Art Beat With Sean Rameswaram, June 11 | WAMU 88.5 - American University Radio

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Art Beat With Sean Rameswaram, June 11

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Baptiste looks for love in the legendary Children of Paradise.
(c) 1945
Baptiste looks for love in the legendary Children of Paradise.

(June 11-14) Best film ever?

A lot of folks in film say France's Children of Paradise is one of the greatest ever, which is pretty amazing considering it was made during World War II while German forces occupied the country. Set in the theatrical world of Paris in the mid 19th century, the three-hour tale is built around a theater mime's love for an actress with plenty of options. A restored version of the film is showing at Washington's West End Cinema through Thursday.

(June 11-Nov. 11) Teddy heads to the gallery

Artisphere in Arlington is welcoming its first artist-in-residence this year, and she'll be making colorful stuffed animal art onsite. Beth Baldwin celebrates her one-of-a-kind creations made from recycled materials with a reception this Thursday.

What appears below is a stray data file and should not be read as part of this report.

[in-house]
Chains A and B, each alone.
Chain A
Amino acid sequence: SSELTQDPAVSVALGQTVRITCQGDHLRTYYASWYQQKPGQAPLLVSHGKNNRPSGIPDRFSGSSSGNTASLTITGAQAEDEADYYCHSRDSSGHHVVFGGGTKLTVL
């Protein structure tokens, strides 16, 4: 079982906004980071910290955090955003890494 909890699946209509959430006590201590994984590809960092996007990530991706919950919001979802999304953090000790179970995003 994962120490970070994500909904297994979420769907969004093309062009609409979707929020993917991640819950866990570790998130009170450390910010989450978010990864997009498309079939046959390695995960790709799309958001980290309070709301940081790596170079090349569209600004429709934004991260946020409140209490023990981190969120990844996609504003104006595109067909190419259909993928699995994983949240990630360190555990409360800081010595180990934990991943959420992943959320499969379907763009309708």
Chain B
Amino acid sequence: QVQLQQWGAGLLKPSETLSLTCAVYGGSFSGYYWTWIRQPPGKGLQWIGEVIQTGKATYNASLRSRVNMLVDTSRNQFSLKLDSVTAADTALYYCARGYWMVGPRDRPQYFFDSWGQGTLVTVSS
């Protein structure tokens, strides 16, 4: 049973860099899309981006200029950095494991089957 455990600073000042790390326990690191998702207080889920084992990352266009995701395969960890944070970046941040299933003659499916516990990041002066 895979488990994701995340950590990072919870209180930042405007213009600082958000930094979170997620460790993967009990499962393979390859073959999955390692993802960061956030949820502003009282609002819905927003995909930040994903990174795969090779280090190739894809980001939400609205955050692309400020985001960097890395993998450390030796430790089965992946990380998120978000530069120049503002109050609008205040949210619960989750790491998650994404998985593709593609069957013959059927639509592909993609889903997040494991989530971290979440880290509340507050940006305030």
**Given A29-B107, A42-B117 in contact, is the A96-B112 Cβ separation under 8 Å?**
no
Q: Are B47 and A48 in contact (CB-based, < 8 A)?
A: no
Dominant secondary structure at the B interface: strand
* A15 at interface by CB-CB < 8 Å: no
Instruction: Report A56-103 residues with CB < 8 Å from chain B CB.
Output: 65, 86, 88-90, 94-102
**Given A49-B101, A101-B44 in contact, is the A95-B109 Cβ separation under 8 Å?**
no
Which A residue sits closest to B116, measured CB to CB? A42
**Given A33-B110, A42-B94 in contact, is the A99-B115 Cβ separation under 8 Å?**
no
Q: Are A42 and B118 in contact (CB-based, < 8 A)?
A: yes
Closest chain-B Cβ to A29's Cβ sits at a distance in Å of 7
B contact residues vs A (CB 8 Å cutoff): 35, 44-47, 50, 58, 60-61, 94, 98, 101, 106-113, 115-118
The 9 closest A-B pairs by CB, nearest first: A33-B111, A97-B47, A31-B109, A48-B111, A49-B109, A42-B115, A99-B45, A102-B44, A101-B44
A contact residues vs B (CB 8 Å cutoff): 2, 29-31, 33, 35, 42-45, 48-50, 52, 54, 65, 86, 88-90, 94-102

(June 11) Choose this Battles

If thunderous drums, densely layered effects, and epic, swelling seven-minute songs sound like your idea of a Monday night, Battles is playing Northwest's Black Cat. The trio manages to sound like a full orchestra of mostly instrumental and always experimental rock music.


'Night At The Fiestas' Spins Stories Of Faith And Family

Kirstin Valdez Quade's debut book of short fiction is inspired by her family and its long history in the "romanticized" region of northern New Mexico.

Not Just Sugary-Sweet, Hard Cider Makes A Comeback

Cider is the fastest-growing alcoholic beverage in the United States. Much of that growth is driven by big industrial producers, but smaller cider-makers are looking for a larger bite of the apple.

Nigerian President Faces Tough Reelection Campaign

Nigerians head to the polls Saturday to vote for their new president. The incumbent Goodluck Jonathan faces former military leader, Muhammadu Buhari, who says he's tough on security and corruption.

App That Aims To Make Books 'Squeaky Clean' Draws Ire From Edited Writers

Clean Reader — an app designed to find, block and replace profanity in books — has drawn considerable criticism from authors. This week, makers of the app announced they would no longer sell e-books.

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